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I’m beginning to think the New Haven had the most interesting collection of paint schemes... this Facebook shot has two good ones... the caption reads:

New Haven (NH) Alco FA's under the wires, location unknown, circa June 1959”.

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Apples55 posted:

I’m beginning to think the New Haven had the most interesting collection of paint schemes... this Facebook shot has two good ones... the caption reads:

New Haven (NH) Alco FA's under the wires, location unknown, circa June 1959”.

EE32A1E7-D09C-433A-A720-96D27EA0DB3A

Location is New Haven. The top of the station, built in 1920, can be seen just above the Alco FA.

MELGAR

 

Apples55 posted:

I’m beginning to think the New Haven had the most interesting collection of paint schemes... this Facebook shot has two good ones... the caption reads:

New Haven (NH) Alco FA's under the wires, location unknown, circa June 1959”.

EE32A1E7-D09C-433A-A720-96D27EA0DB3A

It would appear the New Haven had a high employee turnover rate among  paint shop foremen!!

jackson, CEO, Not-So-Great Eastern RR, aka The Never Done Line

          Division of the Southern Adirondack Railway Cartel

 

 

modeltrainsparts posted:
Apples55 posted:

I’m beginning to think the New Haven had the most interesting collection of paint schemes... this Facebook shot has two good ones... the caption reads:

New Haven (NH) Alco FA's under the wires, location unknown, circa June 1959”.

EE32A1E7-D09C-433A-A720-96D27EA0DB3A

It would appear the New Haven had a high employee turnover rate among  paint shop foremen!!

Well, Jackson, Orange you glad they didn’t get a great deal on pink paint???  

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MELGAR posted:

Brian,

That has to be your best post ever!

MELGAR

@briansilvermustang;

Have to agree with MELGAR - that is an encyclopedic collection... and although he may not have them in those exact paint schemes, I’ll bet MELGAR probably has an example of almost all those engines   

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Page 22 of this thread and it just gets better and better. Those of us who are captivated by the legend, lore and remarkable panoply of motive power of the NH owe a tremendous thanks to Briansilvermustang and Melgar for providing us with these images and context. I certainly hope they both turn their spotlight on the Maybrook Division and the heavy steam that dominated that route in its heyday. And oh yeah, MTH, please a PS3 I-5!

 

 

Tom McGriel posted:

Page 22 of this thread and it just gets better and better. Those of us who are captivated by the legend, lore and remarkable panoply of motive power of the NH owe a tremendous thanks to Briansilvermustang and Melgar for providing us with these images and context. I certainly hope they both turn their spotlight on the Maybrook Division and the heavy steam that dominated that route in its heyday. And oh yeah, MTH, please a PS3 I-5!

Tom;

Not sure if this qualifies - I know absolutely nothing about the Maybrook Division - but it’s kind of freaky that this popped up on my Facebook feed today... the caption reads:

”Winsted, Conn. around 1910 with what looks like a 4-4-0, a baggage car, a combine, and a coach.

Winsted was the end of the line for the Naugatuck RR and the old Central New England crossed through town on its way from Hartford to Canaan and eventually Maybrook, NY”.

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Paul, Thanks for the start. The Maybrook division ran from Cedar Hill yard across Connecticut, Duchess County and the Hudson River at Poughkeepsie to interchange freight traffic with the Delaware and Hudson amongst others. During its height it featured big 8 and 10 coupled brutes to move the tonnage in and out of lower New England.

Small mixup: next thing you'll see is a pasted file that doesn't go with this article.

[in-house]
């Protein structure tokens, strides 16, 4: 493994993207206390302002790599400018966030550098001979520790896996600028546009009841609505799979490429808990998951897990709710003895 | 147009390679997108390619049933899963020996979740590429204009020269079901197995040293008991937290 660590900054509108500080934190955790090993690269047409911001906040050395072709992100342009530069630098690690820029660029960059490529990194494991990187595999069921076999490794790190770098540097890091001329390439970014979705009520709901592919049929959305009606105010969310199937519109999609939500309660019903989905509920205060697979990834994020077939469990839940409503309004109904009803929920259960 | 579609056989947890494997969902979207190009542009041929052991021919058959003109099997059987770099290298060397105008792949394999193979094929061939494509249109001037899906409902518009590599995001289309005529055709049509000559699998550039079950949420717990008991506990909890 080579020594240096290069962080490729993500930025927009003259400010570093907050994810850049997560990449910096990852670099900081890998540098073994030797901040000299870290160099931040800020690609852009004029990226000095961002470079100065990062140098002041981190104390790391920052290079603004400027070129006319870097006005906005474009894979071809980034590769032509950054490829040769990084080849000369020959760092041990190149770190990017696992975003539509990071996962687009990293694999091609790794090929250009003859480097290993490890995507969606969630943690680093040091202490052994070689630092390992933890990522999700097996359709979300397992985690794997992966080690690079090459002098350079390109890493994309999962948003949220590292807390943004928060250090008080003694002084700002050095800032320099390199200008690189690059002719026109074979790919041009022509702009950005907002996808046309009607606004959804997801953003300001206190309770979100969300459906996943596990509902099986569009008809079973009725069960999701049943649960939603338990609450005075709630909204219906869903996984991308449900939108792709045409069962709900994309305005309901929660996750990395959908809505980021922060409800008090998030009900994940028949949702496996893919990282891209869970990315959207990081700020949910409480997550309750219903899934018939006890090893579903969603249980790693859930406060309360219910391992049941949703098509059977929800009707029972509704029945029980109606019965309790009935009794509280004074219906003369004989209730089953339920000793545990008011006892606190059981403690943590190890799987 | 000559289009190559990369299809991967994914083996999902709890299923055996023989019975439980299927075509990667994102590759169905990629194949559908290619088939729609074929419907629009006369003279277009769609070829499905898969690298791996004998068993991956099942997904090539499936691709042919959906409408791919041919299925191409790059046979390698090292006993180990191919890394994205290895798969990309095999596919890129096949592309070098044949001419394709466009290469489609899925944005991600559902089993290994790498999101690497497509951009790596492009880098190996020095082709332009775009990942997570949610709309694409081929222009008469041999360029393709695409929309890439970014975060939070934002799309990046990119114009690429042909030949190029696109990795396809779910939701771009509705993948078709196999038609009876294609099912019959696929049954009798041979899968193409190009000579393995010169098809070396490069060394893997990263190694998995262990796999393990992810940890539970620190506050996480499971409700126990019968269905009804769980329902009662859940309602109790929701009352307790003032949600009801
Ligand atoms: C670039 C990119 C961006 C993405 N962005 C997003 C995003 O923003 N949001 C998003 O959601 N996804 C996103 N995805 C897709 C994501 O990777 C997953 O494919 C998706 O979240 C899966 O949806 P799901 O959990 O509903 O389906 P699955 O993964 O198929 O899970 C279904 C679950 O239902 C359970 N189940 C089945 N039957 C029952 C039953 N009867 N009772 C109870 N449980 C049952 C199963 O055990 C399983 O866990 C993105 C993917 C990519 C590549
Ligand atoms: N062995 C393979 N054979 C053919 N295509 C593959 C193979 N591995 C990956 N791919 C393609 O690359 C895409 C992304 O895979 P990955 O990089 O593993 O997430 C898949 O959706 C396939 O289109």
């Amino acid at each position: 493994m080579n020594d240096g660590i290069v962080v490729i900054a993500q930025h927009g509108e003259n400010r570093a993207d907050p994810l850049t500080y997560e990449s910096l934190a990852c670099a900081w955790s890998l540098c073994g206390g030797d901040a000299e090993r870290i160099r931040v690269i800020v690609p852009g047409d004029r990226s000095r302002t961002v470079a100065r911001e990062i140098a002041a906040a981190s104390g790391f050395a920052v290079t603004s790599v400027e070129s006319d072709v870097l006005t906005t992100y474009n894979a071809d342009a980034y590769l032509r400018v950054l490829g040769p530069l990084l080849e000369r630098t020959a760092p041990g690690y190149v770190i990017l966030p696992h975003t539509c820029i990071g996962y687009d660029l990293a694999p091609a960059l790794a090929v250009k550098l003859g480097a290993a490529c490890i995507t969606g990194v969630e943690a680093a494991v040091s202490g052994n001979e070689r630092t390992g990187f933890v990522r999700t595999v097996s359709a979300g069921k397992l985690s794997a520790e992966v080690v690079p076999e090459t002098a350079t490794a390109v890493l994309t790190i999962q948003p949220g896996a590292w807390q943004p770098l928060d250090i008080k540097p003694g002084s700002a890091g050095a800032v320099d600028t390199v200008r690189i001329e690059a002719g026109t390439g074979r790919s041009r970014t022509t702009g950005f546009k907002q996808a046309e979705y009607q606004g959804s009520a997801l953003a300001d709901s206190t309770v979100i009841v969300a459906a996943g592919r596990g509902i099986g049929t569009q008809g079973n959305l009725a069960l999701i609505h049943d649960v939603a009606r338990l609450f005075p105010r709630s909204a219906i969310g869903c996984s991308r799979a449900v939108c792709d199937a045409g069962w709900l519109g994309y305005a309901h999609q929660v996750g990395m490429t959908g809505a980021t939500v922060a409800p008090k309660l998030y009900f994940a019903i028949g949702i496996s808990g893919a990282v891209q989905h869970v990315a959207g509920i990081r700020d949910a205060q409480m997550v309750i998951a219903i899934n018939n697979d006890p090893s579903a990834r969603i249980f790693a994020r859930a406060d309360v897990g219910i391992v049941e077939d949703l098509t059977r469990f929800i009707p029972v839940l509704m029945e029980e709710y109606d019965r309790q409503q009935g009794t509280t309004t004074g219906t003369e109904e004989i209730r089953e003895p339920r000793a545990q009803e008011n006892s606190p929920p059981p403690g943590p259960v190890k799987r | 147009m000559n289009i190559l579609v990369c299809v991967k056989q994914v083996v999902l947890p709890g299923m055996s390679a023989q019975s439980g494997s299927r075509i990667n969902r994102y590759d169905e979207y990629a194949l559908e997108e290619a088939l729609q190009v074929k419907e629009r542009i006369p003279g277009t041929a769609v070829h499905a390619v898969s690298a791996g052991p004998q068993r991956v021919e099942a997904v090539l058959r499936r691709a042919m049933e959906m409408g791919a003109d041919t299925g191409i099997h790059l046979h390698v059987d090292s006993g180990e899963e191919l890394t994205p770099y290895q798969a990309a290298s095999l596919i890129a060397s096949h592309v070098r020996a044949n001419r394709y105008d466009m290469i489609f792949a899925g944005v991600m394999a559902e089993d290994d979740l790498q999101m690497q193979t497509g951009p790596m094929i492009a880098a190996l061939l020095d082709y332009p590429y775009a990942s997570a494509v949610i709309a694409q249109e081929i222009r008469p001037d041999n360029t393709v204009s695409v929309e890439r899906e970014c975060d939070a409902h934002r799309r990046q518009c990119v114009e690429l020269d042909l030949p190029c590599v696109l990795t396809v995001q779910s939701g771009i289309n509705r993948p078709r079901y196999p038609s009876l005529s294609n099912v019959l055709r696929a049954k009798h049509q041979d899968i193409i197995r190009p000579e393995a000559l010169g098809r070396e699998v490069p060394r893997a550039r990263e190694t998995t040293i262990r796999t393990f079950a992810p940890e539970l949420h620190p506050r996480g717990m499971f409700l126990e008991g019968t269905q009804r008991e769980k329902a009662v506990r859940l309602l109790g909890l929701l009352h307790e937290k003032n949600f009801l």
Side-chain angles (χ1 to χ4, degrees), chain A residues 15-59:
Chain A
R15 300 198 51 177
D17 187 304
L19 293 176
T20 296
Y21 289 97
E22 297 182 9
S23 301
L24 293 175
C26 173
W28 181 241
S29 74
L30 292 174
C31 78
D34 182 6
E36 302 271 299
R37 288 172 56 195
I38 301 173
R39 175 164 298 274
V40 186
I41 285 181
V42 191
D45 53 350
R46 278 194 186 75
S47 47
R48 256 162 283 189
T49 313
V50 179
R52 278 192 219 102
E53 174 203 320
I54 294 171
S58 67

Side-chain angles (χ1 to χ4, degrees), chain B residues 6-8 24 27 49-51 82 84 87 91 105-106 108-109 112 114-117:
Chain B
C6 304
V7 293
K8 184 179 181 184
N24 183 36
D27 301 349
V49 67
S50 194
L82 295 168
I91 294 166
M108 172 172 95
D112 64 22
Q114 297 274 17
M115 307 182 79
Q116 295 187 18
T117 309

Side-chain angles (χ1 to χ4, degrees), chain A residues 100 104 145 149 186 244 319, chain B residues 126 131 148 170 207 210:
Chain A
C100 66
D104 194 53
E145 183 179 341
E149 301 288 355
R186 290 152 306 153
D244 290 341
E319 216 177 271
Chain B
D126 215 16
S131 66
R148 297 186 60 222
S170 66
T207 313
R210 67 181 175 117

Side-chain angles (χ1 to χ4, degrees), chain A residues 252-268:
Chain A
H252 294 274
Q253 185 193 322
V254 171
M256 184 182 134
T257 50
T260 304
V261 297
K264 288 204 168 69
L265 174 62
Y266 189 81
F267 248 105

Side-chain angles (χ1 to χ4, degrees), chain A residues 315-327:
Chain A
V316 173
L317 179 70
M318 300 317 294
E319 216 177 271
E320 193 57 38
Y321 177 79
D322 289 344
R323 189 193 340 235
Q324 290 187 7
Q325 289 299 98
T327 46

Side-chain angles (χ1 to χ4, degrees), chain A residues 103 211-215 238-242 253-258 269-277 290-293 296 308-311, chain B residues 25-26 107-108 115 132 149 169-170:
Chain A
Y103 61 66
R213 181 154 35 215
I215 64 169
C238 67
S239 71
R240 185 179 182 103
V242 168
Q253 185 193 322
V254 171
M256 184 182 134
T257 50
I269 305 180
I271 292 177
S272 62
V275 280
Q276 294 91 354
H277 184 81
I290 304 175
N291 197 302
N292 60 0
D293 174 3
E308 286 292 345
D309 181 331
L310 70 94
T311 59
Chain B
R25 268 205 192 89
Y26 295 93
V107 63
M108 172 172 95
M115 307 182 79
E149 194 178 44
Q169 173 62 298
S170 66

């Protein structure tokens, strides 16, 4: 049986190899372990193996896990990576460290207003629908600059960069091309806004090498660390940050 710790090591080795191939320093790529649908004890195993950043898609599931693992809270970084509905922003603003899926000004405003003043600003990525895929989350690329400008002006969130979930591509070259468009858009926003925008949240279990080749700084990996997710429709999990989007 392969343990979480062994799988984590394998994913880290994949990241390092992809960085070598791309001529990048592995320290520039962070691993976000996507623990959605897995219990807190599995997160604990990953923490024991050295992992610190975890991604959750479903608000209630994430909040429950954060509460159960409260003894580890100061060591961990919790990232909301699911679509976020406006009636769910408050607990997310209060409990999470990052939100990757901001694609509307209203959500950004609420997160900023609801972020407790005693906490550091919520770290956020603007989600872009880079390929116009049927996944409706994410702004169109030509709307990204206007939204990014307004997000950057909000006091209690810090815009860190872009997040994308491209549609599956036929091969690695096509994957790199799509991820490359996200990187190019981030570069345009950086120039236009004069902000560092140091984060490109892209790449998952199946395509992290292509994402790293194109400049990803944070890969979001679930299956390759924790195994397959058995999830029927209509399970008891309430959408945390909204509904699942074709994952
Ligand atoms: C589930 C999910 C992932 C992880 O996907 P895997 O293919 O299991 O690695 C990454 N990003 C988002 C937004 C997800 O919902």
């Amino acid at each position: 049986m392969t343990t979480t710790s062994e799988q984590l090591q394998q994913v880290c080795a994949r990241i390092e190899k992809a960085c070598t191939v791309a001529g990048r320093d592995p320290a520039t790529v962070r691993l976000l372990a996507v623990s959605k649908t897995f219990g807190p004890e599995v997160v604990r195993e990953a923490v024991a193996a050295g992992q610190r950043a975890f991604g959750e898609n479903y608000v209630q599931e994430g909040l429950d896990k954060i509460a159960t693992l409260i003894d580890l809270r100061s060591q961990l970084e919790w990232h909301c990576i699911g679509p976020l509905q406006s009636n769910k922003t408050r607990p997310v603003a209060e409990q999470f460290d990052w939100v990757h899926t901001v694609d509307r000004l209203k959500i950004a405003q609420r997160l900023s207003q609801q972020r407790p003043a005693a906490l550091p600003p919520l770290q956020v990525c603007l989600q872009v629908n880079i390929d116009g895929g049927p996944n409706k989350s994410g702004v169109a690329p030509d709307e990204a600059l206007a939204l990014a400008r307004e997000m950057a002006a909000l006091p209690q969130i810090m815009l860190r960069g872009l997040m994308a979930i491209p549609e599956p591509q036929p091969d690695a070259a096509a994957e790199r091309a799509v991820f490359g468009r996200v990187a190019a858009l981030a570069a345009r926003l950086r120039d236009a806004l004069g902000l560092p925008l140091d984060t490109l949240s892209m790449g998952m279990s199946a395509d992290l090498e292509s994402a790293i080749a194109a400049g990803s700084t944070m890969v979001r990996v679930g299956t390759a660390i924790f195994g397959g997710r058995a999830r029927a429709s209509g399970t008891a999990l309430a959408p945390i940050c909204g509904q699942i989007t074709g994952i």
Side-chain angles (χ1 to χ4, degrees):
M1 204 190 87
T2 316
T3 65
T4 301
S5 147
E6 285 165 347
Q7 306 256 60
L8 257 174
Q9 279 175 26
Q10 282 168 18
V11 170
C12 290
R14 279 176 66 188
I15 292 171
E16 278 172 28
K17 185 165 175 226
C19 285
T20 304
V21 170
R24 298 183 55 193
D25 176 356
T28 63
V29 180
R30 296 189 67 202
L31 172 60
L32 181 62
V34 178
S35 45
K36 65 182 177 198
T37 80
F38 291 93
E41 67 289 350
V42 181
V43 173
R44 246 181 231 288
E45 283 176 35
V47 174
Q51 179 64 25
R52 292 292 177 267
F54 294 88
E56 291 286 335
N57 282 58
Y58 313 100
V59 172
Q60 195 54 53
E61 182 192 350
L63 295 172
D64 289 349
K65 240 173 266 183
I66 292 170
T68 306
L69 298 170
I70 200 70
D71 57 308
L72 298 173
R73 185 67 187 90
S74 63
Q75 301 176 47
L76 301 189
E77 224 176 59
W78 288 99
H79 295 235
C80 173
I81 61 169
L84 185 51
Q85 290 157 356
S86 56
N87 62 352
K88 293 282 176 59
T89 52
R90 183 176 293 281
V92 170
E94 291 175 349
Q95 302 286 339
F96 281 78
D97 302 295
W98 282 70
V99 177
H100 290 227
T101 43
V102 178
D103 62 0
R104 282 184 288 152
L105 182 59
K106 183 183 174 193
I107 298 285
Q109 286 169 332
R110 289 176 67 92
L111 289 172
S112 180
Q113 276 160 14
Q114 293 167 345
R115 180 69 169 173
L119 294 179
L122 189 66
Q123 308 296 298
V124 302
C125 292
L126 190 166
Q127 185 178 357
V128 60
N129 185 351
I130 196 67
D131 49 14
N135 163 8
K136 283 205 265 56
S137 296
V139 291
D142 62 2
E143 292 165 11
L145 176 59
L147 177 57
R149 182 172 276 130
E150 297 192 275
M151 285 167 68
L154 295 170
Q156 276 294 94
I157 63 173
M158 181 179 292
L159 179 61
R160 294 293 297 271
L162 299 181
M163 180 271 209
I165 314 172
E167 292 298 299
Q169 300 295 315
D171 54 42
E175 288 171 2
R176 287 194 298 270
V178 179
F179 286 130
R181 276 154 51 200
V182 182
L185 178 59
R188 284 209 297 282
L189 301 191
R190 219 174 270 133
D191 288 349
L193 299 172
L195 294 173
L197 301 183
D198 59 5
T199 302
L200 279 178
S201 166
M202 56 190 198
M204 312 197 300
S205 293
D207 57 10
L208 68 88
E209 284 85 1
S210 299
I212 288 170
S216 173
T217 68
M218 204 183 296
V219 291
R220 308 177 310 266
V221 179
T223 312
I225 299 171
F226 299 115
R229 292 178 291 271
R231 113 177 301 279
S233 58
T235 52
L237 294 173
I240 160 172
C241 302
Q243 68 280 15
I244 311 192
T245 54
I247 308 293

Apples55 posted:

”Winsted, Conn. around 1910 with what looks like a 4-4-0, a baggage car, a combine, and a coach.

Winsted was the end of the line for the Naugatuck RR and the old Central New England crossed through town on its way from Hartford to Canaan and eventually Maybrook, NY”.

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I believe this picture shows a train and station of the Naugatuck Railroad in Winsted.

At the time of this picture, the Central New England Railroad ran through northern Connecticut (Winsted), entered New York State at Millerton, crossed the Hudson River on the Poughkeepsie bridge (built in 1888) and then went through Maybrook, NY. It provided a connection from New England to the west. The Central New England was merged into the New Haven in 1927. The Maybrook Line to which Tom refers ran through southern Connecticut from Cedar Hill Yard (2 miles east of the station in New Haven) to Naugatuck (now Devon) Junction, through Danbury, to the Poughkeepsie Bridge and Maybrook. This was the modern New Haven's freight route into New York State which had heavy steam engines (2-10-2 Santa Fe types) and later multiple unit diesels.

MELGAR

I rode Amtrak (though I vaguely remember some of the engines still showing Pennsylvania or Penn Central) between NYC and New London on a number of occasions from ‘72 & ‘74, so I remember this scene well. The caption in Facebook reads:

“At New London, Conn., an eastbound PA-1 #0777 and a CPA24-5 are approaching the platform stop with a baggage, two parlors, a County-series (w/ 3DR's), and a grill, then followed by more cars (probably coaches) as people wait on the platform to board.

The time is between the summer of 1955 and 1958 or so as all the cars are painted orange and still have their skirts (including the grill). In the back are 3 RDC's and 4 RS-units (likely all RS-3's) and an Alco end cab switcher. The triple 7 is looking a little worn, but her paint job is probably about 10 years old by this time.

From the Wayne D. Drummond Collection”

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That is the USCGC seagoing buoy tender Mariposa (WLB-397) in the background. I swear it was still docked there in ‘72 - ‘74!!!